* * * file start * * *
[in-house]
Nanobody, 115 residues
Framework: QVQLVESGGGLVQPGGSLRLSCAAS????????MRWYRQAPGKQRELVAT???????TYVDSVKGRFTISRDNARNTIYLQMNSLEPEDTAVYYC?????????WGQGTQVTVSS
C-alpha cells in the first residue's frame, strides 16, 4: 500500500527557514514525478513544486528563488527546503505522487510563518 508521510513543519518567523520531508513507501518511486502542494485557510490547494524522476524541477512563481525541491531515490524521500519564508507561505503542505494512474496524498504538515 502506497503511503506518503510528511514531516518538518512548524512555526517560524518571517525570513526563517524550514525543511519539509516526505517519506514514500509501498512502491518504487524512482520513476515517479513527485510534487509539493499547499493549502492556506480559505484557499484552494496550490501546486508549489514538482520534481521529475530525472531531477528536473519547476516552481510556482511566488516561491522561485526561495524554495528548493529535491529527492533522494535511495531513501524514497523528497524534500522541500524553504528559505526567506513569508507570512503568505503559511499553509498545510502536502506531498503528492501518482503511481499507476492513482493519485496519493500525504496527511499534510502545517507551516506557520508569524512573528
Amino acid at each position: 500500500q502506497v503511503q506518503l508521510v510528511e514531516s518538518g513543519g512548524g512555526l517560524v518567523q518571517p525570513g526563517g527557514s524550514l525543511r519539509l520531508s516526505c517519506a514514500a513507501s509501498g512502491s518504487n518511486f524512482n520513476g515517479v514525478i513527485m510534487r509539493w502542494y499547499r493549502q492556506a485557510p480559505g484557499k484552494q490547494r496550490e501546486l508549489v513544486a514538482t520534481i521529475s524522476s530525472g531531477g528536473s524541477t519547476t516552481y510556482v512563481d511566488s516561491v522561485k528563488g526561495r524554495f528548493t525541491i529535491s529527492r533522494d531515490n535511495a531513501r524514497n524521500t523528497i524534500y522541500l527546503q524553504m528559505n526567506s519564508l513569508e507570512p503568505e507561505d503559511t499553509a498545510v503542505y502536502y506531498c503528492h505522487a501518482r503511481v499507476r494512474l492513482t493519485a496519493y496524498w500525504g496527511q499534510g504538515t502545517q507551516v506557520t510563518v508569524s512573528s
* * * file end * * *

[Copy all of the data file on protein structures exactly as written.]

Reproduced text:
[in-house]
Nanobody, 115 residues
Framework: QVQLVESGGGLVQPGGSLRLSCAAS????????MRWYRQAPGKQRELVAT???????TYVDSVKGRFTISRDNARNTIYLQMNSLEPEDTAVYYC?????????WGQGTQVTVSS
C-alpha cells in the first residue's frame, strides 16, 4: 500500500527557514514525478513544486528563488527546503505522487510563518 508521510513543519518567523520531508513507501518511486502542494485557510490547494524522476524541477512563481525541491531515490524521500519564508507561505503542505494512474496524498504538515 502506497503511503506518503510528511514531516518538518512548524512555526517560524518571517525570513526563517524550514525543511519539509516526505517519506514514500509501498512502491518504487524512482520513476515517479513527485510534487509539493499547499493549502492556506480559505484557499484552494496550490501546486508549489514538482520534481521529475530525472531531477528536473519547476516552481510556482511566488516561491522561485526561495524554495528548493529535491529527492533522494535511495531513501524514497523528497524534500522541500524553504528559505526567506513569508507570512503568505503559511499553509498545510502536502506531498503528492501518482503511481499507476492513482493519485496519493500525504496527511499534510502545517507551516506557520508569524512573528
Amino acid at each position: 500500500q502506497v503511503q506518503l508521510v510528511e514531516s518538518g513543519g512548524g512555526l517560524v518567523q518571517p525570513g526563517g527557514s524550514l525543511r519539509l520531508s516526505c517519506a514514500a513507501s509501498g512502491s518504487n518511486f524512482n520513476g515517479v514525478i513527485m510534487r509539493w502542494y499547499r493549502q492556506a485557510p480559505g484557499k484552494q490547494r496550490e501546486l508549489v513544486a514538482t520534481i521529475s524522476s530525472g531531477g528536473s524541477t519547476t516552481y510556482v512563481d511566488s516561491v522561485k528563488g526561495r524554495f528548493t525541491i529535491s529527492r533522494d531515490n535511495a531513501r524514497n524521500t523528497i524534500y522541500l527546503q524553504m528559505n526567506s519564508l513569508e507570512p503568505e507561505d503559511t499553509a498545510v503542505y502536502y506531498c503528492h505522487a501518482r503511481v499507476r494512474l492513482t493519485a496519493y496524498w500525504g496527511q499534510g504538515t502545517q507551516v506557520t510563518v508569524s512573528s